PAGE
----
According to a 2007 study by the University of Hertfordshire and the British Council, people today walk 10% faster than they did 10 years ago. The study analyzed 30 different cities from around the world and discovered that an average pedestrian walks 3.5 miles (5.6 kilometers) per hour. A similar study was done in 1997 in which it was found that pedestrians walked an average of 2.97 to 3.27 miles (4.7 to 5.2 kilometers) per hour. This means that the average walking speed in cities have increased about 10% within a decade.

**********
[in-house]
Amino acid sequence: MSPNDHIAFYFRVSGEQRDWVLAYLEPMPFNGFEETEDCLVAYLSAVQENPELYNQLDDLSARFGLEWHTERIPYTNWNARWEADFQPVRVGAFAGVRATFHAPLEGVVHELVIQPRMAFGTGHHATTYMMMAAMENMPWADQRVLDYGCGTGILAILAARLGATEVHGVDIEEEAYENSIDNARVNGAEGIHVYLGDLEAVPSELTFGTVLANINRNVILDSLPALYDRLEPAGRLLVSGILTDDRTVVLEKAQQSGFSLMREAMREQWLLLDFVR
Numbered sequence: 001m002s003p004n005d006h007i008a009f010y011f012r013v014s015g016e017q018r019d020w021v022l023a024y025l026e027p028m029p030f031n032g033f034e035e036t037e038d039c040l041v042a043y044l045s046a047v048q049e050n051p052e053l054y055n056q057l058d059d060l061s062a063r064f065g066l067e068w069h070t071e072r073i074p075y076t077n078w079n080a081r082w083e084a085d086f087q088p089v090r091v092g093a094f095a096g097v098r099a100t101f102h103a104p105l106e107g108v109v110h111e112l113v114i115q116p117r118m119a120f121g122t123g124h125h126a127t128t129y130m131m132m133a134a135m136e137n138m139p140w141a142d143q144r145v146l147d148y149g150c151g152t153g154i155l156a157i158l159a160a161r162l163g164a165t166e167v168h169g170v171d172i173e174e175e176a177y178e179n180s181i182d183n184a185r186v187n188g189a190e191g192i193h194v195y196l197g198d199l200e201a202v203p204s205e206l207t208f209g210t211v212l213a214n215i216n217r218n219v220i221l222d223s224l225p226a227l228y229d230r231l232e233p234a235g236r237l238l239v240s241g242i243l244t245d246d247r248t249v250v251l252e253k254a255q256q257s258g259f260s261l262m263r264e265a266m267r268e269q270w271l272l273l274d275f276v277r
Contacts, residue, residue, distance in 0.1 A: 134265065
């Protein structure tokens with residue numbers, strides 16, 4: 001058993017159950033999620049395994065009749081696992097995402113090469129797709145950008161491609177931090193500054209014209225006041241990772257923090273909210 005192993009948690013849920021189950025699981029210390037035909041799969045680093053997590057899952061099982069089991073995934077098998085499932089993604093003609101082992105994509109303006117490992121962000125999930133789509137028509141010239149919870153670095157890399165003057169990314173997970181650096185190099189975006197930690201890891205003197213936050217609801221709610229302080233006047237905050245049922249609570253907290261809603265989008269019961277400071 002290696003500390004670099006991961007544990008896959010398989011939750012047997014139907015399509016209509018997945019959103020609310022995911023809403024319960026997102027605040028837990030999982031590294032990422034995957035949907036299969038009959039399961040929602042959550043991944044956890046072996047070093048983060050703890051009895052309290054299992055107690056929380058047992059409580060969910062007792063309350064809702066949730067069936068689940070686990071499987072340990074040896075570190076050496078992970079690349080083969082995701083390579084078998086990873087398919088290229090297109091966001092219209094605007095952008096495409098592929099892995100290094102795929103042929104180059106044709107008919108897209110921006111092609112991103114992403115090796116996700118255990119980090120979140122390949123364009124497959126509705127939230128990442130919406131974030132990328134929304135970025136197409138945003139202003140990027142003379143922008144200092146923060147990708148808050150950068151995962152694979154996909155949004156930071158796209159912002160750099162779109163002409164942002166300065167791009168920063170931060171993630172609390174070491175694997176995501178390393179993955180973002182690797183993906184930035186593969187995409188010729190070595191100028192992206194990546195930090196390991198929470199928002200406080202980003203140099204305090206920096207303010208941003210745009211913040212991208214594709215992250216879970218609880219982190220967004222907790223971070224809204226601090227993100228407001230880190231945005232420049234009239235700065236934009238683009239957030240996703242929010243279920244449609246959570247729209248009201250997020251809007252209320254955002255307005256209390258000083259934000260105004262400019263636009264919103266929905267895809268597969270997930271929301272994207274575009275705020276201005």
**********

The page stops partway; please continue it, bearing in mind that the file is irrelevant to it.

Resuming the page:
The walking rates measured by the study did vary from city to city. Pedestrians in Singapore, Copenhagen and Madrid walked the fastest. New York City surprisingly came in eighth on the list of cities with the speediest walkers. Pedestrians of the African country Malawi were discovered to walk the slowest among those observed in the study, about one third of the speed of those in Singapore.
Some experts are concerned about the increase of walking pace, considering it to be a measure for the pace of city life. They argue that faster living, high stress, poor diet and greater use of technology in metropolitan areas may increase the risk of health problems such as heart attacks.
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